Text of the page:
Astronauts aboard the International Space Station (ISS) won’t miss out on an Easter feast Sunday, although their holiday meal may not look quite like it would at home on planet Earth.
The six station residents greeted a private cargo ship on Good Friday that brought Easter meal choices including pork chops with gravy, smoked turkey, asparagus, potatoes au gratin, lemon meringue pudding and apricot cobbler, reported The Associated Press.
Space station astronaut Anne McClain operated a robot arm to guide in the Northrop Grumman Cygnus capsule as the ISS traveled over France, according to the AP.
Flying robots, tiny student-research satellites, lab mice and more than 800 meals were also contained in the capsule, reported the Daily Mail.
The shipment took a day and a half to make it to the ISS after setting off from Wallops Island, Virginia, Wednesday, reported the AP. The Cygnus capsule will remain anchored to the space station until July, when it will return to earth with trash from the ISS.
McClain, two other Americans, two Russians and one Canadian will be spending Easter Sunday on the ISS, reported the AP. Perhaps there will be another space station Easter egg hunt like the one organized by astronaut Chris Hadfield in 2013, according to Yahoo! News.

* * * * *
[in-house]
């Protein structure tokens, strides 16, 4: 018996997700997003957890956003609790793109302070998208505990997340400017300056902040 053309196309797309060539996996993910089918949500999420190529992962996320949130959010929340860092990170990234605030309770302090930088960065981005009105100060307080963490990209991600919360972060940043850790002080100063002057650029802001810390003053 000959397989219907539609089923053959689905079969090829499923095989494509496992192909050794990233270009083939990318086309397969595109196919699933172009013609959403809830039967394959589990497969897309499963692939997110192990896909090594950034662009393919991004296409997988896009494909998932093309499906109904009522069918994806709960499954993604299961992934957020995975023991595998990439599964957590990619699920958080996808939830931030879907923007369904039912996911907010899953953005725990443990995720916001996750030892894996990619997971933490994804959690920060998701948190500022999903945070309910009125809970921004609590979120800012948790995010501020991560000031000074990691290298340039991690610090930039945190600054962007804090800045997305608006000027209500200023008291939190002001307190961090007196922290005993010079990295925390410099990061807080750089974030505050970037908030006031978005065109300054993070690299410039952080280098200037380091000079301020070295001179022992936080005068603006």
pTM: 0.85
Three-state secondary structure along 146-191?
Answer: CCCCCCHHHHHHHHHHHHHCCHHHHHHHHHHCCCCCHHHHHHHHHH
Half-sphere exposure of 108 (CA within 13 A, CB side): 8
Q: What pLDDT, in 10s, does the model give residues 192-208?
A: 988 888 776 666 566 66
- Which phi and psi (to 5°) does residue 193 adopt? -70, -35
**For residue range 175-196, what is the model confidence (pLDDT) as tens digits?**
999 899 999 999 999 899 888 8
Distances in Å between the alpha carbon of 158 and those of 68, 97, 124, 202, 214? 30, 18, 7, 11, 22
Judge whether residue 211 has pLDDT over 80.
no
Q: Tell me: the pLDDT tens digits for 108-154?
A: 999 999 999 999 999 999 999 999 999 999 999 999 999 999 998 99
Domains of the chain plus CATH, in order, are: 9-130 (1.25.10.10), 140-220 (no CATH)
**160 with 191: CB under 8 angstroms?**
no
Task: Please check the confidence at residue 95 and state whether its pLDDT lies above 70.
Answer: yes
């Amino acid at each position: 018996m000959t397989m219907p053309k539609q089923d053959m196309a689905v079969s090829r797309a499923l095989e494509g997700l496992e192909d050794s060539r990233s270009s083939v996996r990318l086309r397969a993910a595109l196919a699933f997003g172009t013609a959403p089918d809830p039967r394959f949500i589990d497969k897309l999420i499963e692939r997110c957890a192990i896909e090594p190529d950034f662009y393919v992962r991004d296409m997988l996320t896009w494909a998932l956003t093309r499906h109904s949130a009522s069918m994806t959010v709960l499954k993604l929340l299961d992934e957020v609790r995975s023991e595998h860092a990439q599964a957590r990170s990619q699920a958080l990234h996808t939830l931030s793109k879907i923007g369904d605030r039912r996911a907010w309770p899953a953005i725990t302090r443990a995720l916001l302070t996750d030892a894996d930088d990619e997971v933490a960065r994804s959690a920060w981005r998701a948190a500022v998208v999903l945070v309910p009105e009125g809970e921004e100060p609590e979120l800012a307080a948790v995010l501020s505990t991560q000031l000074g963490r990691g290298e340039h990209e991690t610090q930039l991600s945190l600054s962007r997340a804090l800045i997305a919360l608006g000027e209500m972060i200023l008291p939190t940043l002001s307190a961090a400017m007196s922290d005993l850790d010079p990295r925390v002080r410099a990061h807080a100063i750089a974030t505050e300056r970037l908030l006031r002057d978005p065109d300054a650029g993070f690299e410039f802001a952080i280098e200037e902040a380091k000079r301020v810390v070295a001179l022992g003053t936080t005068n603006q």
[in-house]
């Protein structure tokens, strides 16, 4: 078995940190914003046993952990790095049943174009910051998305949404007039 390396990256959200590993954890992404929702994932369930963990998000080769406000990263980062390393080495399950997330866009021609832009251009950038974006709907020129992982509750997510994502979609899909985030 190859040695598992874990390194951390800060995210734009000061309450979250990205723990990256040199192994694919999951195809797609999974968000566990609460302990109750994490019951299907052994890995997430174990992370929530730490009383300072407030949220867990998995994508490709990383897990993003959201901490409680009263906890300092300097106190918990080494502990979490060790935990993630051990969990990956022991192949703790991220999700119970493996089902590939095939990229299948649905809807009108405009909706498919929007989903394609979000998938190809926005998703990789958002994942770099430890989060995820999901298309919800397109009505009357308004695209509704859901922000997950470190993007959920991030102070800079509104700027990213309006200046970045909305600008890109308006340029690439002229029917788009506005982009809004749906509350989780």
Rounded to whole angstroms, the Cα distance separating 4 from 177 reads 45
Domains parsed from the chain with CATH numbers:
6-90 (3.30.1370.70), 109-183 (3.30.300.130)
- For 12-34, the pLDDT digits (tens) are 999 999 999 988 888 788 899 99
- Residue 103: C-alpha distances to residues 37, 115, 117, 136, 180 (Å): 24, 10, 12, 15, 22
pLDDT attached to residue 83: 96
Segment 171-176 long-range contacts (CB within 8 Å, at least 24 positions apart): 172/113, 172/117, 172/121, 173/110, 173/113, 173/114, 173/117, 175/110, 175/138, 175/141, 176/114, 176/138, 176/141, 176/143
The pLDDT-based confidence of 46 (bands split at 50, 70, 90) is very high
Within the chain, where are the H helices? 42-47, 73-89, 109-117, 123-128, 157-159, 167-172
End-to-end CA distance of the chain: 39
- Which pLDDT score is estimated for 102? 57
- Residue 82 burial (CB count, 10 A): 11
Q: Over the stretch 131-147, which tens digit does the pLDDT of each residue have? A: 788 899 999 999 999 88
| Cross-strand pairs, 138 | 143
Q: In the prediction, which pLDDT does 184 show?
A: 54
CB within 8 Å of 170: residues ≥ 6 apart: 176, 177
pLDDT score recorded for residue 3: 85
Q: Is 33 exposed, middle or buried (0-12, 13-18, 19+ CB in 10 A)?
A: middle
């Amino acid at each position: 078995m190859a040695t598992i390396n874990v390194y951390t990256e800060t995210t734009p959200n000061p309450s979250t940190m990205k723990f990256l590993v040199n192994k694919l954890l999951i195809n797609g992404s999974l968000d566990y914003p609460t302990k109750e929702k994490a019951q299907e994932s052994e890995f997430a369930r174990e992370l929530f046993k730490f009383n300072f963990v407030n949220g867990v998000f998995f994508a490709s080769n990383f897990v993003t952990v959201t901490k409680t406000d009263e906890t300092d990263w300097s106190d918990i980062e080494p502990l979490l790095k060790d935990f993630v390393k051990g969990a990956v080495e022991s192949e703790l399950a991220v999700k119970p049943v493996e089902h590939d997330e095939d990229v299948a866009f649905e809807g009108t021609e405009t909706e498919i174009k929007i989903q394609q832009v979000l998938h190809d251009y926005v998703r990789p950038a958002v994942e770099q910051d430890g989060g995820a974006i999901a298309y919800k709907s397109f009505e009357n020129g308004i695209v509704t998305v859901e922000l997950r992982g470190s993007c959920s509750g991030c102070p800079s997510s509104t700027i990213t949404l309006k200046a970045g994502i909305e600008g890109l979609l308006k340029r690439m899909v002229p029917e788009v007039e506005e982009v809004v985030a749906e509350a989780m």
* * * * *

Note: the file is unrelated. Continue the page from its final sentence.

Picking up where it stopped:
It appears that I'm as bad at juggling in weightlessness as I am on Earth. Hopefully I'm better at hiding them… pic.twitter.com/m3pr0ZU4Hd
— Chris Hadfield (@Cmdr_Hadfield) March 31, 2013
The Cygnus capsule carrying the Easter shipment was named the S.S. Roger Chaffee after a young astronaut who died onboard Apollo 1 in 1967.
The ISS is currently infested with disease-inducing bacteria, according to a study done by NASA scientists published earlier in April.
Meanwhile, a new Chinese space station may be lifting off into orbit as early as this year, according to an announcement the official state news agency made on March 4.
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